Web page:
What studies are needed to diagnose a single radiculopathy?
MRI of the spine
What studies are needed to diagnose a polyradiculopathy?
A lumbar puncture to look for infectious or inflammatory conditions
Name some causes of radiculopathies
-Herniated disk
-Reactivation of varicella zoster (shingles)
Gait seen in a person with cerebral palsy or cervical spinal cord lesion
spastic gait
Gait seen in a person with cerebellar disease
ataxic gait
Gait seen in a person with normal pressure hydrocephalus
apraxic gait (feet feel like they are glued to the floor)
Gait seen in a person with Charcot-Marie-Tooth disease and foot drop
High stepping gait
Gait seen in a person after they suffered a middle cerebral artery stroke
hemiparetic gait
Name the triad of symptoms seen in a person with normal pressure hydrocephalus (NPH)
1. Dementia (memory loss, word-finding difficulty)
2. Urinary incontinence (urgency/frequency)
3. Gait ataxia (apraxic)
Name the 4 hallmarks of Parkinson's disease
1. Bradykinesia
2. Postural instability (shuffling gait)
3. Rigidity
4. Resting tremor
Progressive, mainly symmetric, rhythmic, involuntary oscillation of the hands and forearms that is usually absent at rest, and present during posture and intentional movements
Essential tremor
First-line drug used in the treatment of essential tremor (ET):

Second-line treatment used in the tx of ET:
1st: Propranolol (beta blockers)

2nd: Topirimate (anticonvulsants), alprazolam (benzodiazepine -- but limited use due to sedative effects)
TRUE or FALSE: Lithium is associated with the development of chorea
TRUE. Other causes of chorea include lupus, pregnancy, hyperthyroidism, and cerebral palsy
What class(es) of drugs can be used to treat chorea?
Antipsychotics (haldol) and dopamine blockers
Sustained contraction of both agonist and antagonist muscles simultaneously, causing twisting and repetitive movements or abnormal postures
Dystonia - the slowest of the involuntary movement disorders
Diffuse cortical ribboning seen on DWI or MRI is most suggestive of what type of neurological disease?
Prion disease: CJD
What is the first test you should order in a pt you suspect has a prion disease such as CJD?
Brain MRI with diffusion-weighted imaging (DWI)
What involuntary movement disorder is most commonly assoc'd with prion diseases such as CJD?
Myoclonus - the most brief of the mov't disorders
What part of the brain is often involved in hemiballismus?
Subthalamic nucleus
What is a common cause of hemiballisumus?
A hypertensive hemorrhage or infarct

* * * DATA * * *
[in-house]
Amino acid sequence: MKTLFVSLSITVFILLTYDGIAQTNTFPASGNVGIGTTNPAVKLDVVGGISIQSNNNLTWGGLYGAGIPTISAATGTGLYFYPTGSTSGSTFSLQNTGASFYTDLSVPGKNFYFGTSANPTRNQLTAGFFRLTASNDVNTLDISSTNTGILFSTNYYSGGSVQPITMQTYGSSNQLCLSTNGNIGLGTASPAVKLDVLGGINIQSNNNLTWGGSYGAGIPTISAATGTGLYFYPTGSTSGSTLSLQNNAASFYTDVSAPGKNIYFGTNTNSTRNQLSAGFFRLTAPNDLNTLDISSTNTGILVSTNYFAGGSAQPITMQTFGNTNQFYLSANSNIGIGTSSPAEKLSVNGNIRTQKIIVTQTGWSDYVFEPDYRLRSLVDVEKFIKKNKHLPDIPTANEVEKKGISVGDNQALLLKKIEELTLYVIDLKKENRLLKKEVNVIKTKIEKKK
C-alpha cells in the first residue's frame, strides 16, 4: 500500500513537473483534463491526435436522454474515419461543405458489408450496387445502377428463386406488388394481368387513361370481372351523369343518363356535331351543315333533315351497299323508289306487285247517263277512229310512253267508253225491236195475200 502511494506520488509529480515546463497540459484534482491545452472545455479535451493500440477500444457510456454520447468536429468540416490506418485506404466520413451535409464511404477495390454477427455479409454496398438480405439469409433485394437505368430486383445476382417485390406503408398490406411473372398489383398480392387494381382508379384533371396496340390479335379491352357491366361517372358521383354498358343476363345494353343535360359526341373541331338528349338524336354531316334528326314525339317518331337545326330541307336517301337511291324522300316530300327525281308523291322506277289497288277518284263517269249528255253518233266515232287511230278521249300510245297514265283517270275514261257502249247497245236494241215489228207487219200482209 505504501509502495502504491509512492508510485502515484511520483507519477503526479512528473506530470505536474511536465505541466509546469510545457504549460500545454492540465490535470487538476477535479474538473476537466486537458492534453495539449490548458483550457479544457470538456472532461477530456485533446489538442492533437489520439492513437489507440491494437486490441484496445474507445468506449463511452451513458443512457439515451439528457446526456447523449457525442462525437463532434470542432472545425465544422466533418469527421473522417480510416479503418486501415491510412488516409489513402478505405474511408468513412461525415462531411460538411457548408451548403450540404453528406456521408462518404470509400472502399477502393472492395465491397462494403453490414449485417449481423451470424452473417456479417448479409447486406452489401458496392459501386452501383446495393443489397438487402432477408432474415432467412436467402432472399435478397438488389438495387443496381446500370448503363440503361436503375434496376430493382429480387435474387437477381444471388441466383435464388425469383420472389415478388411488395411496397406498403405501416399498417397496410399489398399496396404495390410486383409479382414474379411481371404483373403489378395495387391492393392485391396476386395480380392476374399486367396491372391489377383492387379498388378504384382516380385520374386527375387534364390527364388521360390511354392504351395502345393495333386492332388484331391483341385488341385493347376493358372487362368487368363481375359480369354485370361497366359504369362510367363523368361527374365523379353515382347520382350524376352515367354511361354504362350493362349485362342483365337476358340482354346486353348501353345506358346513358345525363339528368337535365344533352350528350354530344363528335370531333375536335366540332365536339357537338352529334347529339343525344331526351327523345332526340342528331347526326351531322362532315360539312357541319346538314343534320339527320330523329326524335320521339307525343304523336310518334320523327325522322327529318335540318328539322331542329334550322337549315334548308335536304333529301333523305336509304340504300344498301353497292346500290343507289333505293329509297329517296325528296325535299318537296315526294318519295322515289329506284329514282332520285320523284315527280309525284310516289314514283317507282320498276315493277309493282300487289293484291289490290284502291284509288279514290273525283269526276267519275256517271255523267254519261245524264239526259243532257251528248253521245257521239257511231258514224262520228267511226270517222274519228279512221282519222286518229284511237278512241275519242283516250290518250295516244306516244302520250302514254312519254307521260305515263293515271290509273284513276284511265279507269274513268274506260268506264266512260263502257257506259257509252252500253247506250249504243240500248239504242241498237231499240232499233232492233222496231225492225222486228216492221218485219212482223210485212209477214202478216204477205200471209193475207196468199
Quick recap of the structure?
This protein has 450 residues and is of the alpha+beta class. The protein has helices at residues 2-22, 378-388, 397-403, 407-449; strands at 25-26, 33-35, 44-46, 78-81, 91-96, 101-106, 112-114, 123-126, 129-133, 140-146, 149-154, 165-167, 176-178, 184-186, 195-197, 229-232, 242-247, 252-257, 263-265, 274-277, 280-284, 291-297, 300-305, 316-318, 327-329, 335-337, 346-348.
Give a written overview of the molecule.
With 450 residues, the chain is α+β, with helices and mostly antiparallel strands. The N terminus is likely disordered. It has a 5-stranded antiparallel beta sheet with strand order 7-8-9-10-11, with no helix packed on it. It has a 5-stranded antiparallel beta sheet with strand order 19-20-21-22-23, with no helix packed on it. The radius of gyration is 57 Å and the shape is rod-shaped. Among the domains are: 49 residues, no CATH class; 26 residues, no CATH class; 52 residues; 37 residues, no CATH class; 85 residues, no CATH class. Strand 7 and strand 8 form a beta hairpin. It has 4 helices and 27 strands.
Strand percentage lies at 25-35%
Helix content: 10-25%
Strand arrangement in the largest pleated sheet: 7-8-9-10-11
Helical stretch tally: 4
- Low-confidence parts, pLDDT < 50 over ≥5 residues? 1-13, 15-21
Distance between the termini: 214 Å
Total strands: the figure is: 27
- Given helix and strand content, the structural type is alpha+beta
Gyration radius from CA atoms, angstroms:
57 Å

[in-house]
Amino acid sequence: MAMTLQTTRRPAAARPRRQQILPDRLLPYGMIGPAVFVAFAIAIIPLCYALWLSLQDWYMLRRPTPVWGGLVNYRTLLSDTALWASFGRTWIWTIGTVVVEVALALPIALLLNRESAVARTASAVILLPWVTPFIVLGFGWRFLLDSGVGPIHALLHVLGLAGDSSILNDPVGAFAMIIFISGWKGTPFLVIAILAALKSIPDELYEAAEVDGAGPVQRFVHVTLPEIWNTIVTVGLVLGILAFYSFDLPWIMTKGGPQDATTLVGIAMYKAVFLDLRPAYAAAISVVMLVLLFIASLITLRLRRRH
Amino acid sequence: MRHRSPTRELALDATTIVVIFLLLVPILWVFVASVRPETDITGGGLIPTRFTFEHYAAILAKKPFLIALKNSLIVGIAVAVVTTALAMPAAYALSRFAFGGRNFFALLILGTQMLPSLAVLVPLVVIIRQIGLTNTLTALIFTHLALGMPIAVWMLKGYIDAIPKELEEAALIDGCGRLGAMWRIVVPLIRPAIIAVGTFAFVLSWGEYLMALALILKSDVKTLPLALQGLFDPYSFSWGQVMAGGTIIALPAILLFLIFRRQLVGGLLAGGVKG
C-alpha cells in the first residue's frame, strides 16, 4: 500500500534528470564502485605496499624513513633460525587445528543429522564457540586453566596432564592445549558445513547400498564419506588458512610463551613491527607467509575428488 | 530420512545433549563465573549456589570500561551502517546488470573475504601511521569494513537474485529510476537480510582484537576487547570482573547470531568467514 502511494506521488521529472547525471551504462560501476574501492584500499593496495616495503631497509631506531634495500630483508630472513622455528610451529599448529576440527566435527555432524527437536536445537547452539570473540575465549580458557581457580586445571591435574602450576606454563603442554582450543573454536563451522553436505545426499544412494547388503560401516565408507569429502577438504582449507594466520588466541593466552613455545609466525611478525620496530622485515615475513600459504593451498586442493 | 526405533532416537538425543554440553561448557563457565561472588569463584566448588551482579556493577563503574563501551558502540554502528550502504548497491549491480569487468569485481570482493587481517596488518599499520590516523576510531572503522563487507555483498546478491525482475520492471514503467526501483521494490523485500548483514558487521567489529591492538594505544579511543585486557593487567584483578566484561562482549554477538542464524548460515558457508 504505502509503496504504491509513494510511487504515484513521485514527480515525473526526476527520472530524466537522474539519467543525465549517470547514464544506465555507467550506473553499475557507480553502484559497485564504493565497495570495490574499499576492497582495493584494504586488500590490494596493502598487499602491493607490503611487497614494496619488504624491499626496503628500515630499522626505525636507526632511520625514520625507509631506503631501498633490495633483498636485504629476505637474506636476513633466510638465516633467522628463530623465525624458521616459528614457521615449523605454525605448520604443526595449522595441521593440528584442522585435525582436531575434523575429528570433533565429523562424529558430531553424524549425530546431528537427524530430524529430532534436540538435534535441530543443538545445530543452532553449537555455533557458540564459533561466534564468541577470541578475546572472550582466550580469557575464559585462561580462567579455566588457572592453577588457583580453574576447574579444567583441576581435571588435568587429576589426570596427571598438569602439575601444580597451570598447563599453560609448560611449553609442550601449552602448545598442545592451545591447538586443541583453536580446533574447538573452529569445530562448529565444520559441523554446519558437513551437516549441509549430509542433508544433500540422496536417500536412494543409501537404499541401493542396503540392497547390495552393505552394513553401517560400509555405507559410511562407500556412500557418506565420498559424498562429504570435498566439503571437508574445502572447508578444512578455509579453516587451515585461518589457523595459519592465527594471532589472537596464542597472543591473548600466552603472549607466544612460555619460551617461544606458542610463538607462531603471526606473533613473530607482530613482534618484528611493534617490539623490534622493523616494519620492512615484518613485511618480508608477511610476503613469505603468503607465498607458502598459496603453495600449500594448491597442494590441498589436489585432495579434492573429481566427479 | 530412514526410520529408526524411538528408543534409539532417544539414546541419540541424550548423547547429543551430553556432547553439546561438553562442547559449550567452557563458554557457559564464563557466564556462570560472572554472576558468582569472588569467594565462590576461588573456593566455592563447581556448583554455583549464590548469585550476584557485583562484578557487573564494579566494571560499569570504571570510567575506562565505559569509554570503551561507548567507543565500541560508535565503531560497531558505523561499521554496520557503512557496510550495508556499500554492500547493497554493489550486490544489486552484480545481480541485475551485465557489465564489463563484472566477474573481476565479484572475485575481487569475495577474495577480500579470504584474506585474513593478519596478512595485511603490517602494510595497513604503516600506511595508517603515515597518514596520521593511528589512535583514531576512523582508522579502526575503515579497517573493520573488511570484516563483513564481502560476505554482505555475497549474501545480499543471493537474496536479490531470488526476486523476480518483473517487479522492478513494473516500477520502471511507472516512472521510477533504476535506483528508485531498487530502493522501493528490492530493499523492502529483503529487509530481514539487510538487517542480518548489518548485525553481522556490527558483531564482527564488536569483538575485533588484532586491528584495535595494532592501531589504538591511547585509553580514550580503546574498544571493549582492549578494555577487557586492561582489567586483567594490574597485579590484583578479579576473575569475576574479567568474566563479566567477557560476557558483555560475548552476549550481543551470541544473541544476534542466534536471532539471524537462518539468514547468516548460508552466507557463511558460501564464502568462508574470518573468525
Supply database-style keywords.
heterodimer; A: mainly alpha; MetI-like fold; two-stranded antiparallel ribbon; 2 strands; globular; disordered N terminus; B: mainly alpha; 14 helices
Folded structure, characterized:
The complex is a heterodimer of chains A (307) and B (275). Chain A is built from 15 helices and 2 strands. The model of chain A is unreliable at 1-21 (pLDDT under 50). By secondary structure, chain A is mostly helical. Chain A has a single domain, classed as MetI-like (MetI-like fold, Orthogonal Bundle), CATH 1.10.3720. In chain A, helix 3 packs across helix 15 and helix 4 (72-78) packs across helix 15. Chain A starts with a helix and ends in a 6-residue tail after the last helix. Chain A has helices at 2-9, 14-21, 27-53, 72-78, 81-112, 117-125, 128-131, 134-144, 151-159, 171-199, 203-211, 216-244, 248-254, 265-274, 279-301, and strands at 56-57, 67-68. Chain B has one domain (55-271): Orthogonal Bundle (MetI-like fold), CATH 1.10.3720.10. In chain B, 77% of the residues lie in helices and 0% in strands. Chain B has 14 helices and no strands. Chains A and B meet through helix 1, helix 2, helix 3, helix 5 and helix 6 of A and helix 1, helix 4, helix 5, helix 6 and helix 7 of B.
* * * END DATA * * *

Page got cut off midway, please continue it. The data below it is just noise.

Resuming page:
Name the disorder:

GAA trinucleotide repeat
Friedreich's Ataxia - autosomal recessive inheritnace
CTG trinucleotide repeat disorder
Myotonic dystrophy
Common presentation of a patient with Wilson's disease:
Patients are usually aged 10 to 40 years and present with either hepatic disease or a movement disorder neurologic disease.
What disease should you consider in a patient who is aged 10 to 40 years with hepatitis, cirrhosis, hepatic decompensation and symptoms suggestive of movement or psychiatric disorders
Wilson's disease - assoc'd with low serum cerulopsamin (95% cases), aminoaciduria, and increased urinary copper excretion
Why is penicillamine no longer used for the treatment of Wilson's disease?
b/c it can worsen neurologic sx's assoc'd with the disease in 10-50% of cases
What drug is used in the treatment of ACUTE Wilson's disease?
Increase the urinary excretion of copper using TRIENTINE
What drug is used in the treatment of CHRONIC Wilson's disease?
Decrease the intestinal absorption of copper using ZINC
Seizure that can be induced by hyperventilating
Absence seizures
Name this seizure type based on the EEG pattern:

EEG will demonstrate bilateral synchrony in the epileptiform activity
Generalized tonic-clonic seizure
How is the serum level of prolactin affected during and after a generalized tonic-clonic seizure?
Prolactin levels are often 2-3 fold greater than baseline.

This transient postictal elevation has been used clinically to distinguish these seizures from nonepileptic seizures that are not assoc'd with elevated prolactin levels.
Name risk factors for developing carpal tunnel syndrome
-Pregnancy (especially in the 3rd trimester)